Volunteers who help out at their local libraries are “community heroes”, according to the Local Government Association. In fact they are such a great asset to society that they should be paid. Yes, you did read that right. People who offer their services for free to their local community should get a discount on their council tax of £100 – £200 a year.
The LGA has called on all parties to offer £50 million to a “community contribution discount” in order to encourage more people to come forward and work alongside council staff on a regular basis. Its chairman David Sparks says: “We need to do more to recognise and encourage people who give up their spare time for the good of their community. A community contribution discount would not only recognise the fantastic work volunteers do, but could help save the public purse many millions more than it costs. It can help raise the profile of volunteering and encourage a new generation of volunteers to step up.”
Mr Sparks is perfectly right to point out that volunteers save money by providing services that might otherwise cost us more. (Although in the case of threatened library closures, the impetus for voluntary work was to save a service from disappearing.) But he appears to completely miss the point of volunteering, and the stance adopted by the LGA in backing this proposal threatens to undermine the very ethos it purports to commend.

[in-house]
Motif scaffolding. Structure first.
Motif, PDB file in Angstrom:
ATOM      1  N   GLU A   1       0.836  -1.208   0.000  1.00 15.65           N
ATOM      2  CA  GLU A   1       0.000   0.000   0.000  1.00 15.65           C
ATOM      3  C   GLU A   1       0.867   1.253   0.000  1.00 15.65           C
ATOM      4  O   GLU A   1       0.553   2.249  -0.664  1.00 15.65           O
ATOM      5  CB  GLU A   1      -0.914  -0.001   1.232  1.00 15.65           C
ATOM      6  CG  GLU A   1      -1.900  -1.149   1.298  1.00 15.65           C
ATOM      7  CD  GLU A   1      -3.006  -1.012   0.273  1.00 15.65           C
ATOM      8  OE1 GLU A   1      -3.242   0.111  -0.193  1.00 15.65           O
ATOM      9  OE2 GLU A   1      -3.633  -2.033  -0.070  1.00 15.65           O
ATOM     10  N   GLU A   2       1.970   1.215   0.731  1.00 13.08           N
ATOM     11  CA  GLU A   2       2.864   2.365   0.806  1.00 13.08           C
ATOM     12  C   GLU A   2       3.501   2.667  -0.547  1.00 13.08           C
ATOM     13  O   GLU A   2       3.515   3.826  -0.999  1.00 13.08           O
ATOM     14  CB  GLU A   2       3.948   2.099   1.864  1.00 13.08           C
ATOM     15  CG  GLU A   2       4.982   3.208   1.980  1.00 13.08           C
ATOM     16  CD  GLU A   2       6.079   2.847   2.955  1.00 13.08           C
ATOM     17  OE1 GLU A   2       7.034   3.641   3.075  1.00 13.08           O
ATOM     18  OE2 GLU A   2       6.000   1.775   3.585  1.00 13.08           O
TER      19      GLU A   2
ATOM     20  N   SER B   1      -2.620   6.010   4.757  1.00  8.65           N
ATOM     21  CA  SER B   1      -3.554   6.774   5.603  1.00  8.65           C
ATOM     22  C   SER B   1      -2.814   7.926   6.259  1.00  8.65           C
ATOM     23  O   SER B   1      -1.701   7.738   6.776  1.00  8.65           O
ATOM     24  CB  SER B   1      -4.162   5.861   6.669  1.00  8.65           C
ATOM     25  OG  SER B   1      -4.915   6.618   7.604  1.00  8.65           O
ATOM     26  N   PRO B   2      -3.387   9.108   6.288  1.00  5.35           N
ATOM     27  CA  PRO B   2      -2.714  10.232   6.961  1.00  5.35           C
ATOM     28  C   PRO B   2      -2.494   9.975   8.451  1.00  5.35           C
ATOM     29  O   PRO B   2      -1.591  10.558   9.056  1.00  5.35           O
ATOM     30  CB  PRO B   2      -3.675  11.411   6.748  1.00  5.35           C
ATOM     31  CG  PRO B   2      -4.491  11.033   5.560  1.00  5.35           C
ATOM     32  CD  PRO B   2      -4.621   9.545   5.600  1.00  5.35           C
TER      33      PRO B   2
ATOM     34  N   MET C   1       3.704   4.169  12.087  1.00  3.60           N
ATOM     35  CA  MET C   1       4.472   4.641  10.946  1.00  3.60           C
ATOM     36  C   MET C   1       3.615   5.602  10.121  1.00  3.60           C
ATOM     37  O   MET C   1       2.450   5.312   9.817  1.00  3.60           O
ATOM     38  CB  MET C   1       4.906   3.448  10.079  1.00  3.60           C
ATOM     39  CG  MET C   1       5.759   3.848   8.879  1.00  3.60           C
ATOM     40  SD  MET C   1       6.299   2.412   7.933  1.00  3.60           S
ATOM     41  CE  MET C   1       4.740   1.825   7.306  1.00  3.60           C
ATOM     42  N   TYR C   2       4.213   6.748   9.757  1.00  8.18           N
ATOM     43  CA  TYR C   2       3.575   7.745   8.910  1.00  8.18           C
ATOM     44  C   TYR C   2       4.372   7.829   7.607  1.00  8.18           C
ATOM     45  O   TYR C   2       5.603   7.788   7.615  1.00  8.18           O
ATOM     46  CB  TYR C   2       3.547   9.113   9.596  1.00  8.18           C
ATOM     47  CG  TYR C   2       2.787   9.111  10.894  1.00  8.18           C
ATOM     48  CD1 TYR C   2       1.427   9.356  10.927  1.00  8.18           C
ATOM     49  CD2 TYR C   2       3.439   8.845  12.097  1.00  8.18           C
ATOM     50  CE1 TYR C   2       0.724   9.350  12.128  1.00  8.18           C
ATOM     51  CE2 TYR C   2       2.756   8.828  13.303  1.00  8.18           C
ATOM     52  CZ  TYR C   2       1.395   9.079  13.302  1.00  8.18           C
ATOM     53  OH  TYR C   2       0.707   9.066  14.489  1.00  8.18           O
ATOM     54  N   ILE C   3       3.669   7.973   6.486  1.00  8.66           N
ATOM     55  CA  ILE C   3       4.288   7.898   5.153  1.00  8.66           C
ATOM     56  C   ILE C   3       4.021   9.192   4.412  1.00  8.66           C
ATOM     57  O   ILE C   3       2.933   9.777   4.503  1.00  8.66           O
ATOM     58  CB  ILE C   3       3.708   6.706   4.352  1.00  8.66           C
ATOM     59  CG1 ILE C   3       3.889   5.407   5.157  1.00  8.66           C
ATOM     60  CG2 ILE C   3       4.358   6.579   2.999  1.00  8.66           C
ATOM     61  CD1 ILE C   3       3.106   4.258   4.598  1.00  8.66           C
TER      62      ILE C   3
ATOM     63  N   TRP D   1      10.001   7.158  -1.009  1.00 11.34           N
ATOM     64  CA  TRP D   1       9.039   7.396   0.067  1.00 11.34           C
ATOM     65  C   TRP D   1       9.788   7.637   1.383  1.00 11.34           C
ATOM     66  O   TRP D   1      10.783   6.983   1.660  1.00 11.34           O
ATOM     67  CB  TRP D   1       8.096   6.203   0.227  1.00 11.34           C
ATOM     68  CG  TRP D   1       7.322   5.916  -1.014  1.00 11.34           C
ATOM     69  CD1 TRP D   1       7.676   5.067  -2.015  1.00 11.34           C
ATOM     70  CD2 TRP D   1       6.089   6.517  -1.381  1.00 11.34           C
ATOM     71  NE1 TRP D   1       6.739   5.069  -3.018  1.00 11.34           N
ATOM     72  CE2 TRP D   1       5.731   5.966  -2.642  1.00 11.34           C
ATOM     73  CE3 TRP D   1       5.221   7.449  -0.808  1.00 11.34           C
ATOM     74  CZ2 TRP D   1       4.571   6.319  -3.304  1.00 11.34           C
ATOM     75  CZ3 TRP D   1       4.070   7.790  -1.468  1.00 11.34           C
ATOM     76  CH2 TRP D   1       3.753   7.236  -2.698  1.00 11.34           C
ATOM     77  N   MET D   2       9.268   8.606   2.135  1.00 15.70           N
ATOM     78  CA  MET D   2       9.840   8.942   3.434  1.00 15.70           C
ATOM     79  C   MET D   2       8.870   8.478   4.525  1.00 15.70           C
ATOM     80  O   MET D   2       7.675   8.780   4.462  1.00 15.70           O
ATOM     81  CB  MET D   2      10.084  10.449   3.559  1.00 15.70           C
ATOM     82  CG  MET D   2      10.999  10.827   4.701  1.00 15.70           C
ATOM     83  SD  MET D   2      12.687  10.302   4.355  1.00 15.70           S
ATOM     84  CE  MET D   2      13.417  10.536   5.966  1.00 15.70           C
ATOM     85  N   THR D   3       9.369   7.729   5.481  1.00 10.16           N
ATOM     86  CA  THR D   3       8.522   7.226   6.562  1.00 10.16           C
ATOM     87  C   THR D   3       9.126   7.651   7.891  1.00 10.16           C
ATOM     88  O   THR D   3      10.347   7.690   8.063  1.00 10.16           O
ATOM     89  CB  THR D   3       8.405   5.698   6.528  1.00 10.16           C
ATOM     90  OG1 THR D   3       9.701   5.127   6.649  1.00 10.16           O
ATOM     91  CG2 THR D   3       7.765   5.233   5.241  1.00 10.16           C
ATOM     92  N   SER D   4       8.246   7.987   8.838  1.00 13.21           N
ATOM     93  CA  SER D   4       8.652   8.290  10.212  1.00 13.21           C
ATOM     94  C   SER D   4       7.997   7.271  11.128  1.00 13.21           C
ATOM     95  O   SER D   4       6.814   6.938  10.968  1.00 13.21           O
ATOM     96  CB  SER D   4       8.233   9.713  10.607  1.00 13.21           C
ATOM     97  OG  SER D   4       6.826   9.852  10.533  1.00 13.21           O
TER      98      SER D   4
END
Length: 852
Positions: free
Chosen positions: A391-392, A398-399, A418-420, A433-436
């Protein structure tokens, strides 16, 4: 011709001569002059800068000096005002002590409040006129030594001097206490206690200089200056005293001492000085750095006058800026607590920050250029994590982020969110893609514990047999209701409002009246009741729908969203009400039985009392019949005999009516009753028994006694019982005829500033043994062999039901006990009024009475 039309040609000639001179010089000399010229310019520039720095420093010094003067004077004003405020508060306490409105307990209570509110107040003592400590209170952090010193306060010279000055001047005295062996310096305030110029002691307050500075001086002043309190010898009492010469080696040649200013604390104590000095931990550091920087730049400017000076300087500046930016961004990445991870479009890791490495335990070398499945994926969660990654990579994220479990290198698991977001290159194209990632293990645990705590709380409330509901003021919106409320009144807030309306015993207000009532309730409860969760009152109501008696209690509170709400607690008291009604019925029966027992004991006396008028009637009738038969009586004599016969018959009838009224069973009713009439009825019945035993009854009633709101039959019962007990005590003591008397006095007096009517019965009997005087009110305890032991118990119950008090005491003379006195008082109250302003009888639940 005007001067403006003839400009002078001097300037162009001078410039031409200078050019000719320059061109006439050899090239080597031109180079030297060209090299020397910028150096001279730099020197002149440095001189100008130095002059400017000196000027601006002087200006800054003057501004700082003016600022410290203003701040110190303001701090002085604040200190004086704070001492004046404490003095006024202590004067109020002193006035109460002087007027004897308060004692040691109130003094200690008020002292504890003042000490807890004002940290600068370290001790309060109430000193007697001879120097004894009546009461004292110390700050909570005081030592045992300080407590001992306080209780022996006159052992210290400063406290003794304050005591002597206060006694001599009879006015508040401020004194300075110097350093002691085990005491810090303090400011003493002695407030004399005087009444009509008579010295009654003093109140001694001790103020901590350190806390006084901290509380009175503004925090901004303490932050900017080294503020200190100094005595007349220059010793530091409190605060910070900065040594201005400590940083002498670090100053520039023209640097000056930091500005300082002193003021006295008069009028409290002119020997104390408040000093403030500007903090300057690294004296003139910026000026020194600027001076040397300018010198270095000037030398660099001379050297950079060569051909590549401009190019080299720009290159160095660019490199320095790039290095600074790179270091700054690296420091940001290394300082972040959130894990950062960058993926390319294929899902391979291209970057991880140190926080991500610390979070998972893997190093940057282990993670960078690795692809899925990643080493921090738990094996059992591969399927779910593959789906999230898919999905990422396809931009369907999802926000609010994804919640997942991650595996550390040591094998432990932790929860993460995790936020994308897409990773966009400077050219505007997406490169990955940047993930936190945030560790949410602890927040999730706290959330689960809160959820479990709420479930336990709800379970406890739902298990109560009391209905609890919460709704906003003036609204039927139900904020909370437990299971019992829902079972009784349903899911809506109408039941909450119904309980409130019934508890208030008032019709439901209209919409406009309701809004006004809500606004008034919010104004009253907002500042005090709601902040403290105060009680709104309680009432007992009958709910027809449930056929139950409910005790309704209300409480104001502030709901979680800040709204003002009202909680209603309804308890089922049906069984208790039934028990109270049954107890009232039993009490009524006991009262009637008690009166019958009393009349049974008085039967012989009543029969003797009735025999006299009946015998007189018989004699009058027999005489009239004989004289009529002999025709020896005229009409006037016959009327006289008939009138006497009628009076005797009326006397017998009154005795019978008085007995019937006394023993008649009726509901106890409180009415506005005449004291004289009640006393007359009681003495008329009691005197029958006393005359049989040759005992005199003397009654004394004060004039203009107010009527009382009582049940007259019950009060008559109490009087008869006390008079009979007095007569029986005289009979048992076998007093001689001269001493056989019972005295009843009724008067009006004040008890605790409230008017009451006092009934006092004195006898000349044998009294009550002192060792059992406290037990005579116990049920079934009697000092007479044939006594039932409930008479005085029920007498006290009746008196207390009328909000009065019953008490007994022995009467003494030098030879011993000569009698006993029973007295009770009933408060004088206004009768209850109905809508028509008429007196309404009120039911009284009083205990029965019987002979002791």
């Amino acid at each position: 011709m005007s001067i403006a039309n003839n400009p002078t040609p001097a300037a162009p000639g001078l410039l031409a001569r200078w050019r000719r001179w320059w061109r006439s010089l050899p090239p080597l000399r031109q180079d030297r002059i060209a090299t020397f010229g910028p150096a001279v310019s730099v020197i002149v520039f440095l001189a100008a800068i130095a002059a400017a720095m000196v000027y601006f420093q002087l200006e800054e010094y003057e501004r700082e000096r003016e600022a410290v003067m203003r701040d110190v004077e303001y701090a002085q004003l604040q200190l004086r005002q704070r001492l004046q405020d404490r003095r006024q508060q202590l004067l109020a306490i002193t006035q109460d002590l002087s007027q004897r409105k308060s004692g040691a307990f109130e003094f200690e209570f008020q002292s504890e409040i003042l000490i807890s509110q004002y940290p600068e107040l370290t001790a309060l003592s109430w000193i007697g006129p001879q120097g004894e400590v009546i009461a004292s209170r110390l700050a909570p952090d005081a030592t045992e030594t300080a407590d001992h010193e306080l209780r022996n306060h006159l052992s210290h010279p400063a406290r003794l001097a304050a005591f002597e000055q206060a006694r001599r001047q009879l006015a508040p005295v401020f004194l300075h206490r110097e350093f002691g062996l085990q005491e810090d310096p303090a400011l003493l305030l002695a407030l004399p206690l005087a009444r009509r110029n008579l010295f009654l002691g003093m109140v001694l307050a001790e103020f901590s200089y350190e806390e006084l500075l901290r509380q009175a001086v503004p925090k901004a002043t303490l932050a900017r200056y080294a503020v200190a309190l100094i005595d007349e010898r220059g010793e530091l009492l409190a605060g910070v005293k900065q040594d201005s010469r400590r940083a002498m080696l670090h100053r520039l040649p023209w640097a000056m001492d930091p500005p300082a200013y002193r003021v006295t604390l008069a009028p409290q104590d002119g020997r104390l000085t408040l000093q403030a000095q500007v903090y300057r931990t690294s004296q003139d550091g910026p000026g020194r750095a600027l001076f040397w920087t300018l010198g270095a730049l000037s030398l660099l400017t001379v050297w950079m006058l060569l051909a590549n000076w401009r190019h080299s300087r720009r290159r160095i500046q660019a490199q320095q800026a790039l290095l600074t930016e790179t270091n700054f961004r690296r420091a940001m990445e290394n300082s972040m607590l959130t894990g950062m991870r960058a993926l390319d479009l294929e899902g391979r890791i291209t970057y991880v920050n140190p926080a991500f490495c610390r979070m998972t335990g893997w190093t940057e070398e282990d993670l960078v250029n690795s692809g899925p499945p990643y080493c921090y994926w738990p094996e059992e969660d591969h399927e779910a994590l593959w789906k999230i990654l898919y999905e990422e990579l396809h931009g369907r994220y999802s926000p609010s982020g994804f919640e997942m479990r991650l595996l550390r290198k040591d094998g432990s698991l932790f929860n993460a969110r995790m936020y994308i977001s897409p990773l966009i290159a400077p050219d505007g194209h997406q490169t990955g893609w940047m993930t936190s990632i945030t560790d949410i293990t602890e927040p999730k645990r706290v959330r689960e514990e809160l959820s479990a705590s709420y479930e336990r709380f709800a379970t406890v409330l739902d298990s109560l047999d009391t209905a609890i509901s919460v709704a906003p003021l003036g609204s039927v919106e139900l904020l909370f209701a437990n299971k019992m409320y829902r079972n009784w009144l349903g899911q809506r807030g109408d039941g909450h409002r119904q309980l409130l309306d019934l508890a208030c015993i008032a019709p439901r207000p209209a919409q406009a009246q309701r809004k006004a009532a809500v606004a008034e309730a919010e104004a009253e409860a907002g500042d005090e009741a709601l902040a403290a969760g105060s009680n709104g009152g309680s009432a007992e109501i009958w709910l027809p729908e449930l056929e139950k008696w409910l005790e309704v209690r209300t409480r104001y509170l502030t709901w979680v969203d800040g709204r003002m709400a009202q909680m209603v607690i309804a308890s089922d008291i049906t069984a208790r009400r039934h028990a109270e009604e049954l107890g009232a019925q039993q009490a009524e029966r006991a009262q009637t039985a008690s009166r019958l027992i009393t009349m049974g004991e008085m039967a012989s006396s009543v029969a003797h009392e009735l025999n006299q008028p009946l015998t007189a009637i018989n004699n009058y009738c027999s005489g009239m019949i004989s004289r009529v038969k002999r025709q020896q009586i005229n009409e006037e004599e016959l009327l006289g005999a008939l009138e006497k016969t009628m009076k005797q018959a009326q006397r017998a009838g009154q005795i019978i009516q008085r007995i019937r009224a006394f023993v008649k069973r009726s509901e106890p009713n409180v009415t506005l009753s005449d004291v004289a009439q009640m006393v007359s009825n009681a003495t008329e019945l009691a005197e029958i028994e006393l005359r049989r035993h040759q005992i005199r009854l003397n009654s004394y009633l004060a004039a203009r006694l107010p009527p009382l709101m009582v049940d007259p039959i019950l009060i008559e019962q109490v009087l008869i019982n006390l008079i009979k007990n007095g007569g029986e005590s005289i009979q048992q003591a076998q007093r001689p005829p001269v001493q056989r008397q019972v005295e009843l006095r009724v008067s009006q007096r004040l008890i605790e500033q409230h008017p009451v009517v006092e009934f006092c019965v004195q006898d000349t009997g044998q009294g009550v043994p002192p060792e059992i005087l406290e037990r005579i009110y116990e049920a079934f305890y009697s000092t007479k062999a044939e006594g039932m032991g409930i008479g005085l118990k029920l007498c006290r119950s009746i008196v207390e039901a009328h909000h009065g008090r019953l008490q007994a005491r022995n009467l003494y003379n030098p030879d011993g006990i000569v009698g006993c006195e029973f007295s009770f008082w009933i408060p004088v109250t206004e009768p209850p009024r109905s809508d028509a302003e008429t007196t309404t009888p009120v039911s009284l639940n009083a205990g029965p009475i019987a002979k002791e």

Volunteers are not – and never should be – motivated by money. If people are encouraged to come forward as volunteers because of a financial incentive, they are not volunteers – they are cheap labour. There is a crucial difference.
Voluntary workers are good neighbours, people who act from altruistic motives. They may be people with time on their hands, or they might be cramming their volunteering in between demanding jobs and families. They may derive satisfaction from seeing a jobwell done, ensuring a need is filled, or from putting into practice the tenets of their faith or philosophy.
To suggest that they are looking for a material reward is an insult. Not only will it make local service volunteers extremely uncomfortable, it will also downgrade their status in the eyes of the community they are serving, who will assume they are being paid to carry out their “good works.” The action in which they are engaged takes on an entirely different quality.
And if the thought of a council tax cut does indeed motivate “a new generation to step up” and help in schools, libraries and social services, what happens when they demand a pay increase? Maybe Mr Sparks and his local government colleagues will then be forced to issue a request for volunteers. Yes, remember, those people who work for love not money – whatever happened to them?